Every Movement Counts to Help Prolong Life

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Even if you don’t have time for a full-fledged workout today, it is still vitally important to move around. Regular light physical activity can potentially reduce your mortality risk.

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Per CDC Recommendations, all adults should avoid inactivity. Some physical activity is better than none, and adults who participate in any amount of physical activity gain some health benefits.

Obviously, it would be great if you make time to participate in higher-intensity efforts that elevate the heart rate. The CDC guidelines state that minimally, we should strive for 150 minutes of moderate-intensity activity or 75 minutes of vigorous-intensity aerobic activity each week. These can be broken up during the day into 10-minute long segments if needed – for example, a short walk during a lunch break can supplement a longer workout later in the evening to meet your daily goals.

But do not discount all of the other “running around” you may do during the day. In fact, a study published in the Journal of the American Geriatrics Society suggests that women over the age of 65 can count chores and errands as a part of their “light” physical activity minutes for the day. Even this lower intensity movement can potentially reduce your risk of premature death.

Researchers with the University of California San Diego found that 30 minutes of light activity per day can lower mortality risk by 12 percent. Those that add in even more activity, such as bicycling or walking around the block for another 30 minutes, reduced their risk by 39%.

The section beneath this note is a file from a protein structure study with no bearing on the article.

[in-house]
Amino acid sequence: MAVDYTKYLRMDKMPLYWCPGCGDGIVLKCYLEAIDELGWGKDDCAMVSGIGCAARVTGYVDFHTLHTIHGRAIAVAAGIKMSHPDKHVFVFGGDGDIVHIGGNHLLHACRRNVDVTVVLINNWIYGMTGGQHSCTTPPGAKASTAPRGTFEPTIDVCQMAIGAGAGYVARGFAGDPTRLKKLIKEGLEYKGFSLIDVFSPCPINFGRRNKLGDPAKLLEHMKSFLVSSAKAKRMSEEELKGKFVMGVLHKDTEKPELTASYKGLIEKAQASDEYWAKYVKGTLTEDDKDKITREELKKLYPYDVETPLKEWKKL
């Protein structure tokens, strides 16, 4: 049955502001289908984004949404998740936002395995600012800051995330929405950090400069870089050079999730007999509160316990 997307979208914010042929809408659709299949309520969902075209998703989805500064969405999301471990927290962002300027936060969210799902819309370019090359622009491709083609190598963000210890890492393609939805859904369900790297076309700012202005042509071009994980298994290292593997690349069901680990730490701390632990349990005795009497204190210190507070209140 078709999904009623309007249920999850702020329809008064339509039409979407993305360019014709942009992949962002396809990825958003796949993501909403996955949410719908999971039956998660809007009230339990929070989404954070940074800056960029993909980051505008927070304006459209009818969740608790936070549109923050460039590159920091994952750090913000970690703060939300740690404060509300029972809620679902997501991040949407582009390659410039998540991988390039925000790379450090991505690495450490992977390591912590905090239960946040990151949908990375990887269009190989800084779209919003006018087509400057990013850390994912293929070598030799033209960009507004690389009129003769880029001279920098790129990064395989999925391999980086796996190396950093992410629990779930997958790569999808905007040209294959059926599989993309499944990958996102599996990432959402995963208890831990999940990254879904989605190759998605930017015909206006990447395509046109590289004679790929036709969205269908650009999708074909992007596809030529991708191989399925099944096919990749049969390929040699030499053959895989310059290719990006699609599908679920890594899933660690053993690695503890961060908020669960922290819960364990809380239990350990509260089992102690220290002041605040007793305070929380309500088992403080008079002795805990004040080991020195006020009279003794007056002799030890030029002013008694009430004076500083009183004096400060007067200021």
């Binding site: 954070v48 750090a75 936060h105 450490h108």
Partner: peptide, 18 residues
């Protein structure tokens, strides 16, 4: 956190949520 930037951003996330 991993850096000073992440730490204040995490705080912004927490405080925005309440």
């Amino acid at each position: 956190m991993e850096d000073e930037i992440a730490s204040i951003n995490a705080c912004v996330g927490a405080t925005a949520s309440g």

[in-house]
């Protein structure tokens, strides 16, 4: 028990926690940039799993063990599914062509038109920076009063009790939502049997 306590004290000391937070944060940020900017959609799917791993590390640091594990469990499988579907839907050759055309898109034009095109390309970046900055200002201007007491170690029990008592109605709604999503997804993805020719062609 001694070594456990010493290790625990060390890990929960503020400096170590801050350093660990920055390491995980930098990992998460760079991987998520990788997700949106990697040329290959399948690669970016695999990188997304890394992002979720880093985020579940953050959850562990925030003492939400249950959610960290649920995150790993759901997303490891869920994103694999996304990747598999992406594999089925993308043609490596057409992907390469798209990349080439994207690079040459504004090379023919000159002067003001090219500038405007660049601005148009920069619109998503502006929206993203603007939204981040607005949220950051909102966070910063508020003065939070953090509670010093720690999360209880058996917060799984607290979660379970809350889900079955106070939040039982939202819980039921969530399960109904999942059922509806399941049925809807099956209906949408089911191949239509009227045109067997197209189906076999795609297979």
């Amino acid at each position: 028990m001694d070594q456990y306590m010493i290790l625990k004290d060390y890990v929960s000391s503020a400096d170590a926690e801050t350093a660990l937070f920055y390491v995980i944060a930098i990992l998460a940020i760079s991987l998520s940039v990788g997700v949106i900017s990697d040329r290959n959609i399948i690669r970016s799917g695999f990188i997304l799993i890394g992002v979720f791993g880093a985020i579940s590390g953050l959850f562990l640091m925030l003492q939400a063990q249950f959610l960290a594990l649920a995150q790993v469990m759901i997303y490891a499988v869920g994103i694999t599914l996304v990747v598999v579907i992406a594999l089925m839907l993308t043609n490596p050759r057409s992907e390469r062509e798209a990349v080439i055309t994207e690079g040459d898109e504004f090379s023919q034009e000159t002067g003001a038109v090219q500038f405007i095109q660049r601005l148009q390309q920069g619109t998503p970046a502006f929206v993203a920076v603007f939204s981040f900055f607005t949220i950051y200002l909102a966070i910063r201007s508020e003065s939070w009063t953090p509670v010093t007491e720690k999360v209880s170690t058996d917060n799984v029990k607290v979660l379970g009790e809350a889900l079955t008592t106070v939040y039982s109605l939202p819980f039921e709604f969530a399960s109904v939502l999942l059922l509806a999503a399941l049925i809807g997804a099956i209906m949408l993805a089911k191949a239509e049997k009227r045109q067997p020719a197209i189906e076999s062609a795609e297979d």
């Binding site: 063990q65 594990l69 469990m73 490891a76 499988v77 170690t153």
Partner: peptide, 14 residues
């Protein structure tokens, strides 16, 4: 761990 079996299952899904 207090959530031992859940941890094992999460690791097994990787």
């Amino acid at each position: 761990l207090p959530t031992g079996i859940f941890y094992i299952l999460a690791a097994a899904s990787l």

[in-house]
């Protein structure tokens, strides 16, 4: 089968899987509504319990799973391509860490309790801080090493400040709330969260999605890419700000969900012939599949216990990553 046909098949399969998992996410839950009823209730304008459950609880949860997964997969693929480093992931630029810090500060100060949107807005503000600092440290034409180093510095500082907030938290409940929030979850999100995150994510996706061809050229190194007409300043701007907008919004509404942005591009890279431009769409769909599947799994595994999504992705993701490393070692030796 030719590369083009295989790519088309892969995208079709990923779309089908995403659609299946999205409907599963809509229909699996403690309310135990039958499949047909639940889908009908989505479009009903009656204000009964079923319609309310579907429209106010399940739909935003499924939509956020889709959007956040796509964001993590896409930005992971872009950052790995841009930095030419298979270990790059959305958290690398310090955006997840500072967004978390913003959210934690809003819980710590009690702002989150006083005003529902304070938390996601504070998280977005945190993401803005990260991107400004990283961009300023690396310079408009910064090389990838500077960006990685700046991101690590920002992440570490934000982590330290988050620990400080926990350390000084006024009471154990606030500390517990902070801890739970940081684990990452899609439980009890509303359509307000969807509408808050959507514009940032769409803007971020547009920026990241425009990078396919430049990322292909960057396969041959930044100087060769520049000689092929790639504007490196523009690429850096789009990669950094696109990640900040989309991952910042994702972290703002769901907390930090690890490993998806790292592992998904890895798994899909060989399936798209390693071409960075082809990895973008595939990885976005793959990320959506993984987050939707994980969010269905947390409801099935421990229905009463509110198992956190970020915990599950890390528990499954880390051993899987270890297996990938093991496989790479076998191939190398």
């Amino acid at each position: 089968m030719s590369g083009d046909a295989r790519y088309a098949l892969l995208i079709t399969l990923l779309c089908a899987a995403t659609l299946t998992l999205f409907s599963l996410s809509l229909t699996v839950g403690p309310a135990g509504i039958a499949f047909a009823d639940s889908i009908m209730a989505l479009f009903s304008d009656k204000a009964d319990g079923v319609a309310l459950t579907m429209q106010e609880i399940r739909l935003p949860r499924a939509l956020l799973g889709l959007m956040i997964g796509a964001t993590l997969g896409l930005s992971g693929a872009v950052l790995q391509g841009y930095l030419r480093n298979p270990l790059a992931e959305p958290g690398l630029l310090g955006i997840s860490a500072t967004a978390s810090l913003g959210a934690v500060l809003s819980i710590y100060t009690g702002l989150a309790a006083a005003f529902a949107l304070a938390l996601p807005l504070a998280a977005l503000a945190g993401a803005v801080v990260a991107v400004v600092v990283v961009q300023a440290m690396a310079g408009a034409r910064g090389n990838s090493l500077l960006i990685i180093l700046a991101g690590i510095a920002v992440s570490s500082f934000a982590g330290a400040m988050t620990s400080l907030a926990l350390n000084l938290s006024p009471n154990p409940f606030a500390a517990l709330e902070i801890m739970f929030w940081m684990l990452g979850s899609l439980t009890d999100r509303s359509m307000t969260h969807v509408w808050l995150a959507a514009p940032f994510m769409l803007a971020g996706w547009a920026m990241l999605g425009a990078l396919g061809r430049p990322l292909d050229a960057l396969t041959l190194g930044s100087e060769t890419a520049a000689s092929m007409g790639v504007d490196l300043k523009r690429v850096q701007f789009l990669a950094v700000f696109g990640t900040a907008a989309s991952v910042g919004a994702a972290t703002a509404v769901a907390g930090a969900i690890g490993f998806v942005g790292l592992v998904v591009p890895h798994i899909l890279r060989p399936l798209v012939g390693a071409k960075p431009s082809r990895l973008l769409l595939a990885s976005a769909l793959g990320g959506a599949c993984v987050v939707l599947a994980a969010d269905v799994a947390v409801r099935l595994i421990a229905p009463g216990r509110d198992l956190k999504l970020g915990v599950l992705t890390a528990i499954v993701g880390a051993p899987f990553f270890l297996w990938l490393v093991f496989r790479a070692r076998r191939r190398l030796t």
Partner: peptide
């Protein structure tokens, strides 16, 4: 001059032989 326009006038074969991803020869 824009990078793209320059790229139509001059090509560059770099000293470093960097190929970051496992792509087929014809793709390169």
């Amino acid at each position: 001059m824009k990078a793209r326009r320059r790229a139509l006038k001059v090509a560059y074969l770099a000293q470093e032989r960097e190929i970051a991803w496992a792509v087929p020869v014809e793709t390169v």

"Every movement counts," said Andrea LaCroix, PhD, senior author of the study. "We don't have to be running marathons to stay healthy. The paradigm needs to shift when we think about being active."

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Every day, we should strive to add in extra minutes of movement to our daily routines. Here are just a few simple suggestions:

In the morning:
• If you are not much of a morning person (as I am not), you can still start your day off right by setting the alarm just 10-15 minutes early for a little “me” time. Do some yoga, walk the dog, do some easy calisthenics in the living room. Just get the blood moving.
• If you do like to get up early, go out for a morning walk or run before the rest of the household wakes up. It is a great way to start your morning right.

At work:
• If you commute, you may consider parking away from your office building to get in a few extra minutes of walking. On an upper floor? Take the stairs instead of the elevator.
• Don’t skip your lunch break to work, but potentially get out and about for 10 minutes for a short walk.
• During the work day, walk around and talk to people instead of having phone meetings or sending emails. Set an alarm on your phone or watch to go off each hour to remind yourself to at the very least stand up and stretch.

In the evening:
• Take the dog for a walk instead of just letting her out in the yard.
• If the weather is nice, go for a family walk or play a game in the backyard.
• During commercial breaks, instead of staying on the couch, get up and move around.

On the weekends:
• Sleeping in a little is okay, but don’t waste the morning! Get up and go for a walk or set out to do those errands early while the crowds aren’t so bad.
• Space out chores so you are moving from one end of the house to another. It may be less “efficient”, but you will be getting in some good movement.
• Ask friends to get together for something active. You can join a local run for fun, go to a walking craft fair, go to a local park….the opportunities are endless.

Journal Reference:
Michael J. LaMonte, Andrea Z. LaCroix et al. Accelerometer-Measured Physical Activity and Mortality in Women Aged 63 to 99. Journal of the American Geriatrics Society, 2017; DOI: 10.1111/jgs.15201

Additional Reference
Centers for Disease Control and Prevention

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